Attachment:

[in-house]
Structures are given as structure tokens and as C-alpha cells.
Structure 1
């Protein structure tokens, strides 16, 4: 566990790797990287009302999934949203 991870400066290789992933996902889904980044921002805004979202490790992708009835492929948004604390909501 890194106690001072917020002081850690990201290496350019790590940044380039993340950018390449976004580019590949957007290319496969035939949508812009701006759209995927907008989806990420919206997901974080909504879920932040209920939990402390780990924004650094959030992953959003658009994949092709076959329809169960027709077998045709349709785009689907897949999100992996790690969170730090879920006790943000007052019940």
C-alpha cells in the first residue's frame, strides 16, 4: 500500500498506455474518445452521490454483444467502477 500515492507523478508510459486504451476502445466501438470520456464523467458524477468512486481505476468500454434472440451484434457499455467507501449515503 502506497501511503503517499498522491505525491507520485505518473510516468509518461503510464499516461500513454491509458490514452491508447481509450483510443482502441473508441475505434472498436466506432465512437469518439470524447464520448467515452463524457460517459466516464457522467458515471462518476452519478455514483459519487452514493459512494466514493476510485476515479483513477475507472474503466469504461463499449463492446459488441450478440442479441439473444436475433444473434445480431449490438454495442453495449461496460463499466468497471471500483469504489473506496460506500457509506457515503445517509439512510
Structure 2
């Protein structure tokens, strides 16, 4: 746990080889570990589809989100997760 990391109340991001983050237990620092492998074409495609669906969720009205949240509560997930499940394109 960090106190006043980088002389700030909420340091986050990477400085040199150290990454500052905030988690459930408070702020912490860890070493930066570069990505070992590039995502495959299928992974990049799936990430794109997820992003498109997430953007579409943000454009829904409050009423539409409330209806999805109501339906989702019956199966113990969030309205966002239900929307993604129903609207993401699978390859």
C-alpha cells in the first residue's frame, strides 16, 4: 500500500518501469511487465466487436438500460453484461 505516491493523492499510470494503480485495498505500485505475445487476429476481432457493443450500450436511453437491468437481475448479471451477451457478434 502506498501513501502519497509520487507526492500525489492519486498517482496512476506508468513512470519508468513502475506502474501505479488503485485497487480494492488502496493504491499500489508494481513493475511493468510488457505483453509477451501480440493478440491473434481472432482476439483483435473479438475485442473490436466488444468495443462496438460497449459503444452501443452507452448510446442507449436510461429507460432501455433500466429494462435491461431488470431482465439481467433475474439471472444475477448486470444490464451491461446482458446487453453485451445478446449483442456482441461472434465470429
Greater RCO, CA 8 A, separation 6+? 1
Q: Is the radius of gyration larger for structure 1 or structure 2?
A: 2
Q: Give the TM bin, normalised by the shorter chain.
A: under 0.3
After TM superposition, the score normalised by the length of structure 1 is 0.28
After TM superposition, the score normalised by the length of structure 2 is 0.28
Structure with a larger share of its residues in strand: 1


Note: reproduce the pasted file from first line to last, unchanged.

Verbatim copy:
[in-house]
Structures are given as structure tokens and as C-alpha cells.
Structure 1
């Protein structure tokens, strides 16, 4: 566990790797990287009302999934949203 991870400066290789992933996902889904980044921002805004979202490790992708009835492929948004604390909501 890194106690001072917020002081850690990201290496350019790590940044380039993340950018390449976004580019590949957007290319496969035939949508812009701006759209995927907008989806990420919206997901974080909504879920932040209920939990402390780990924004650094959030992953959003658009994949092709076959329809169960027709077998045709349709785009689907897949999100992996790690969170730090879920006790943000007052019940």
C-alpha cells in the first residue's frame, strides 16, 4: 500500500498506455474518445452521490454483444467502477 500515492507523478508510459486504451476502445466501438470520456464523467458524477468512486481505476468500454434472440451484434457499455467507501449515503 502506497501511503503517499498522491505525491507520485505518473510516468509518461503510464499516461500513454491509458490514452491508447481509450483510443482502441473508441475505434472498436466506432465512437469518439470524447464520448467515452463524457460517459466516464457522467458515471462518476452519478455514483459519487452514493459512494466514493476510485476515479483513477475507472474503466469504461463499449463492446459488441450478440442479441439473444436475433444473434445480431449490438454495442453495449461496460463499466468497471471500483469504489473506496460506500457509506457515503445517509439512510
Structure 2
């Protein structure tokens, strides 16, 4: 746990080889570990589809989100997760 990391109340991001983050237990620092492998074409495609669906969720009205949240509560997930499940394109 960090106190006043980088002389700030909420340091986050990477400085040199150290990454500052905030988690459930408070702020912490860890070493930066570069990505070992590039995502495959299928992974990049799936990430794109997820992003498109997430953007579409943000454009829904409050009423539409409330209806999805109501339906989702019956199966113990969030309205966002239900929307993604129903609207993401699978390859």
C-alpha cells in the first residue's frame, strides 16, 4: 500500500518501469511487465466487436438500460453484461 505516491493523492499510470494503480485495498505500485505475445487476429476481432457493443450500450436511453437491468437481475448479471451477451457478434 502506498501513501502519497509520487507526492500525489492519486498517482496512476506508468513512470519508468513502475506502474501505479488503485485497487480494492488502496493504491499500489508494481513493475511493468510488457505483453509477451501480440493478440491473434481472432482476439483483435473479438475485442473490436466488444468495443462496438460497449459503444452501443452507452448510446442507449436510461429507460432501455433500466429494462435491461431488470431482465439481467433475474439471472444475477448486470444490464451491461446482458446487453453485451445478446449483442456482441461472434465470429
Greater RCO, CA 8 A, separation 6+? 1
Q: Is the radius of gyration larger for structure 1 or structure 2?
A: 2
Q: Give the TM bin, normalised by the shorter chain.
A: under 0.3
After TM superposition, the score normalised by the length of structure 1 is 0.28
After TM superposition, the score normalised by the length of structure 2 is 0.28
Structure with a larger share of its residues in strand: 1